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The closed coffee shop owned by Canadian couple Kevin and Julia Garratt in Dandong, Liaoning province, on Aug. 5, 2014. China is investigating the Canadian couple who ran the coffee shop on the Chinese border with North Korea for the suspected theft of military and intelligence information and for threatening national security, China’s Foreign Ministry said. (STAFF/REUTERS)
The closed coffee shop owned by Canadian couple Kevin and Julia Garratt in Dandong, Liaoning province, on Aug. 5, 2014. China is investigating the Canadian couple who ran the coffee shop on the Chinese border with North Korea for the suspected theft of military and intelligence information and for threatening national security, China’s Foreign Ministry said. (STAFF/REUTERS)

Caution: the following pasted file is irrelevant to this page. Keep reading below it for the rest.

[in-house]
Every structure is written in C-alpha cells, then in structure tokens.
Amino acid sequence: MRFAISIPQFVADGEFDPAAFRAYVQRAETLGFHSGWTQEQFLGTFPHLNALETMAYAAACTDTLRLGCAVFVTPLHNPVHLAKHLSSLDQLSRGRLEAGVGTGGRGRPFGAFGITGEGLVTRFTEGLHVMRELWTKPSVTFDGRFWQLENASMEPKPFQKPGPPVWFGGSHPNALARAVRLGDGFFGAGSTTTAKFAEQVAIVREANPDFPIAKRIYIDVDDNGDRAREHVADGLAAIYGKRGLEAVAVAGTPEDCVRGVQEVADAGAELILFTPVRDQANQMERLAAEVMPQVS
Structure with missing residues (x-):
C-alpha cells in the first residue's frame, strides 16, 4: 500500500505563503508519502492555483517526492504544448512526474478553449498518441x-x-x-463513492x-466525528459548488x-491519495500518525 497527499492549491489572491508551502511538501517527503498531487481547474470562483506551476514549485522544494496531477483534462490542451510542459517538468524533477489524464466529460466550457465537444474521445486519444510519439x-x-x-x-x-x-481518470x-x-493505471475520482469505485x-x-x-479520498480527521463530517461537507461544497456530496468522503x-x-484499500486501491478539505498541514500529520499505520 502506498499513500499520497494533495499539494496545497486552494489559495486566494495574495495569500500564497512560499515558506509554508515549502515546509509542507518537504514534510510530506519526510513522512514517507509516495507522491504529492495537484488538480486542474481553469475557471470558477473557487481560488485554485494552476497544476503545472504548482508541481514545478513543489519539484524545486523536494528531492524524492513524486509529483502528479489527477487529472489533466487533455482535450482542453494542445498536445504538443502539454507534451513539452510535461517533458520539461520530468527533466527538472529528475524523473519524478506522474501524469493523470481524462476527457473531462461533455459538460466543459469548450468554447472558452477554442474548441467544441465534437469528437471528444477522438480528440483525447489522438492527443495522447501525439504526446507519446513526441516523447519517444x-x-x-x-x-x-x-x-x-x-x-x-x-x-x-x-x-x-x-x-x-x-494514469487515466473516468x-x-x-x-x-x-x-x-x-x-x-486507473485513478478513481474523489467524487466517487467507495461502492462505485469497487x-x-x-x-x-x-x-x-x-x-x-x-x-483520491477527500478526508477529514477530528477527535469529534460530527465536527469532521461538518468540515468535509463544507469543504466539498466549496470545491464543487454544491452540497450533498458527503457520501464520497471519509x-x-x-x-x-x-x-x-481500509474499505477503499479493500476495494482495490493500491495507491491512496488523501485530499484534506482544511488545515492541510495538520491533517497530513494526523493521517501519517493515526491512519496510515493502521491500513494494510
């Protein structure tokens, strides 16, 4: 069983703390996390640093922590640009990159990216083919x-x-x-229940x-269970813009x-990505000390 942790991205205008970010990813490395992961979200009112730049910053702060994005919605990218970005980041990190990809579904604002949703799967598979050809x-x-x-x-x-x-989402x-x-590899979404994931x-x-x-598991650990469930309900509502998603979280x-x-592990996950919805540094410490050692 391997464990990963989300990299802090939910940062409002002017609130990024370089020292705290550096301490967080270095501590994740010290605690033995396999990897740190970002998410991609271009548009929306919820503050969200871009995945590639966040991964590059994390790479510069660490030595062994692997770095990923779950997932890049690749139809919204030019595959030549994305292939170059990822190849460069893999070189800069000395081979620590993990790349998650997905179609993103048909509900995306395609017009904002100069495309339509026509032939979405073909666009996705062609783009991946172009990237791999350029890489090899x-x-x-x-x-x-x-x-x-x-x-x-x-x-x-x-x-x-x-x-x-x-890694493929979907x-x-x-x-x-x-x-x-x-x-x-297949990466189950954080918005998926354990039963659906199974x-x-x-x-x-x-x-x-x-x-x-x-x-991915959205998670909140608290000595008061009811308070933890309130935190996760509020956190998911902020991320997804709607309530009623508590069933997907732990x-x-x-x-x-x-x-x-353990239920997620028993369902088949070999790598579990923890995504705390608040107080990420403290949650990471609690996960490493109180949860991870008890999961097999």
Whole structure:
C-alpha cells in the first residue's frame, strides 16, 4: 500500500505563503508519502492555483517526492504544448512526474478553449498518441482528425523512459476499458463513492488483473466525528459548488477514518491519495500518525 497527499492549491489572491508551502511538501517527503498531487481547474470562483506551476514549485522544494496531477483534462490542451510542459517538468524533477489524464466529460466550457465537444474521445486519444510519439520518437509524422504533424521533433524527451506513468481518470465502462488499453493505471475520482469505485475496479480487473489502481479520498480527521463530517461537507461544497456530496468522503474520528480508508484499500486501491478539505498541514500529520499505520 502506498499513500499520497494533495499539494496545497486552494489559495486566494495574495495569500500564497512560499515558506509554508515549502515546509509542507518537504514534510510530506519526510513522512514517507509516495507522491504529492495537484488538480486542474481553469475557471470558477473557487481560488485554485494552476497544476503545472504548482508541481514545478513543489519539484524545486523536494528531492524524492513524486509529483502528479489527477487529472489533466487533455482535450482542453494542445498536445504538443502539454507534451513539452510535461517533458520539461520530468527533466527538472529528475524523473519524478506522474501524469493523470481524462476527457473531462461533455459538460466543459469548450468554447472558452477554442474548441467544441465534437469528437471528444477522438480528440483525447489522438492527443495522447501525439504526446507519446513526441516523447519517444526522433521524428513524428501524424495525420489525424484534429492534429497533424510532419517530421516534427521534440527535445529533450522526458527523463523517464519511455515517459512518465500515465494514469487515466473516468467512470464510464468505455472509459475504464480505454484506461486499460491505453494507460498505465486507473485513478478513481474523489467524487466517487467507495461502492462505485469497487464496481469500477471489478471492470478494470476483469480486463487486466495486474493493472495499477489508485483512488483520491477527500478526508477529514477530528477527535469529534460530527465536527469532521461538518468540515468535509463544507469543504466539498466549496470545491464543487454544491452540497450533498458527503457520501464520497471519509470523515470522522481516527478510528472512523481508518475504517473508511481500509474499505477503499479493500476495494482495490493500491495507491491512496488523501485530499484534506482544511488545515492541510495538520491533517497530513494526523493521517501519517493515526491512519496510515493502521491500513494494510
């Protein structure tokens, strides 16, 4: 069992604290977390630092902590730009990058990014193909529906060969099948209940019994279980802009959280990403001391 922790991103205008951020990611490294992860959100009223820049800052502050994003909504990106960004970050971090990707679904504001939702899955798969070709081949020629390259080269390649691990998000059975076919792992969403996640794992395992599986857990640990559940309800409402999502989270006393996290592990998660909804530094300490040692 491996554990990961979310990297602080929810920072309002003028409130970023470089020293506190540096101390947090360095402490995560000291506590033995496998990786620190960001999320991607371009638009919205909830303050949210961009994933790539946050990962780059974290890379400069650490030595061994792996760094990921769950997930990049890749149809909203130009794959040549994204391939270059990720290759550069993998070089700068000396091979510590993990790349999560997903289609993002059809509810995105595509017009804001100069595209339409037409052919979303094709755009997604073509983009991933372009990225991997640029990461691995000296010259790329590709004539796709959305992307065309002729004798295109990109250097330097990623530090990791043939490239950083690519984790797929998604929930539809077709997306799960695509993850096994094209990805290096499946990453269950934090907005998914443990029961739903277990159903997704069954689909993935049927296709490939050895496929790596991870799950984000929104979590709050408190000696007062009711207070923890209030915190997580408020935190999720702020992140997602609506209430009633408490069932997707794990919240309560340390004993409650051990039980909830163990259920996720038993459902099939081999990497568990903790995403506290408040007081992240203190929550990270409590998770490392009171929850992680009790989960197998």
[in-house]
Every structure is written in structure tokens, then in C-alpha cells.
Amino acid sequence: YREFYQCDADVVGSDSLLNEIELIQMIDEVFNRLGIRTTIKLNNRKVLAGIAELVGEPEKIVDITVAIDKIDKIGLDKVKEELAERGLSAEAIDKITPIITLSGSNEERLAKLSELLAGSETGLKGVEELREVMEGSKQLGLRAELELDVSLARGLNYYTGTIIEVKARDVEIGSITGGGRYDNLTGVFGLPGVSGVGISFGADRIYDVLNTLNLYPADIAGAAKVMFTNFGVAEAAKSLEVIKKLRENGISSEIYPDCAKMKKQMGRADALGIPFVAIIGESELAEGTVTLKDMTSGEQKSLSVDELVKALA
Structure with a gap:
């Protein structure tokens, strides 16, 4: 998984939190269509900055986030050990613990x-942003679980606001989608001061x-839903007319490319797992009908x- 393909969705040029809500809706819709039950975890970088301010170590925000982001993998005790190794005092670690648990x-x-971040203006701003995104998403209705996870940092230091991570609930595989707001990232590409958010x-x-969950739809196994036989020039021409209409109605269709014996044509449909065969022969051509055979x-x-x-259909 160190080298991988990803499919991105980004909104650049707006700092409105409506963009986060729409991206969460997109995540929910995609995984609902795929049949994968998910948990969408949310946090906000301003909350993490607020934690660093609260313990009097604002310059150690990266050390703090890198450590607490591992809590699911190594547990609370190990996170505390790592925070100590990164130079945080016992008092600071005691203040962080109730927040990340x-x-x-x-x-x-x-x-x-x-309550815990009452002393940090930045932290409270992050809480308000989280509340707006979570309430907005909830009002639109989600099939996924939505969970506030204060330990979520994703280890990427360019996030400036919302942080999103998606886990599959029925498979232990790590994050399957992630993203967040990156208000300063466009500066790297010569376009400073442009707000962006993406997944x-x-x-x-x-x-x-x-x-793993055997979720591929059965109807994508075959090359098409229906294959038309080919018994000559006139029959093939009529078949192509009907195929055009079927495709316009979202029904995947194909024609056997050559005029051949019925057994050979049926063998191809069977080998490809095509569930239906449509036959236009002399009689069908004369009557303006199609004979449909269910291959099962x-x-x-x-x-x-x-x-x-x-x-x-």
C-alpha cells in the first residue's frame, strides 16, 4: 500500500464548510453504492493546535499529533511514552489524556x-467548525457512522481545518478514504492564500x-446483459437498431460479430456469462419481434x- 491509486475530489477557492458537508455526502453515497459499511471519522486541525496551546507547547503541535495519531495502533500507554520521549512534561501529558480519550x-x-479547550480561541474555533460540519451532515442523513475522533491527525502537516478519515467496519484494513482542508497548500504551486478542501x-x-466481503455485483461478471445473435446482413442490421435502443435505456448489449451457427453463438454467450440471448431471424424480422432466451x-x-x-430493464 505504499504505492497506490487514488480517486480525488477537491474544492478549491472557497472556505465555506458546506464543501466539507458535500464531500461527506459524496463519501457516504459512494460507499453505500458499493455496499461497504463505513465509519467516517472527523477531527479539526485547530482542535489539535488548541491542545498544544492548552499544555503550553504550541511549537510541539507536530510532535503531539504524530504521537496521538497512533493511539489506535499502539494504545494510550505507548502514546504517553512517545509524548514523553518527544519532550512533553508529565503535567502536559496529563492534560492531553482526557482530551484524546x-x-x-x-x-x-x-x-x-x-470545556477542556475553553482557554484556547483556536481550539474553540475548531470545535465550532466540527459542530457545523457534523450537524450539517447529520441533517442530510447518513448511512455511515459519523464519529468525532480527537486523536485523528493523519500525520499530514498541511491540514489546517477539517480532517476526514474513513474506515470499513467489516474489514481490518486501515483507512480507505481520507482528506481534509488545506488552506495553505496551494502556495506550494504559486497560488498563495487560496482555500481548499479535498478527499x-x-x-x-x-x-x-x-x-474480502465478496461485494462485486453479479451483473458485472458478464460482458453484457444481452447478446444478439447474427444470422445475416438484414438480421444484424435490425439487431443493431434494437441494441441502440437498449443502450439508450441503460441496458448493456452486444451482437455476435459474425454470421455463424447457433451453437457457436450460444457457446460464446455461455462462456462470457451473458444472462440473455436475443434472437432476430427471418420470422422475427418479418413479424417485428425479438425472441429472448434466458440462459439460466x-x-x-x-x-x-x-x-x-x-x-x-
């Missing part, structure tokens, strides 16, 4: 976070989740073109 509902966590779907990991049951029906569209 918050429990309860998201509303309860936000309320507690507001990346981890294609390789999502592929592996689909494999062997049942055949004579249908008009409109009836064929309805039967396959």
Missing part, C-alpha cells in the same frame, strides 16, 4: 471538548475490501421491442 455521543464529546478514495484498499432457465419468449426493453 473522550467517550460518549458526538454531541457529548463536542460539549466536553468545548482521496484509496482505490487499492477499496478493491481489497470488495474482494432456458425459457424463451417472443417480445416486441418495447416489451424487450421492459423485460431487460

WHAT READERS THINK

Aug. 11: Geopolitical games – and other letters to the editor Add to ...

Geopolitical games

I am glad that our government is working to help the Canadian Christian couple detained in China, but can’t help wondering if it would work as hard to help Mohamed Fahmy, the Canadian-Egyptian journalist detained in Cairo for doing his job, if he were also a Christian. He, too, appears to be the innocent victim of a geopolitical game (Cafés Caught In Political Spats – Aug. 8).

Brydon Gombay, Rivière-du-Loup, Que.

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Unlike the shadowy grey hues of a John le Carré novel, Stephen Harper’s world is resolutely black and white. Not surprisingly, so is his government’s foreign policy.

A myriad of rights, obligations, interests and opportunities must be disentangled to form a coherent foreign policy. Ultimately, like any other portfolio, foreign policy must be pursued in the best interests of the country.

So where are we today? In Russia, we’ve poked the bear. Now they won’t let in our pork (Food Exports Feel Brunt Of Russian Bans – Aug. 8). As for Kevin and Julia Garratt, the Canadian couple accused by China of espionage, they would be right to think that our PM is a bull in a china shop.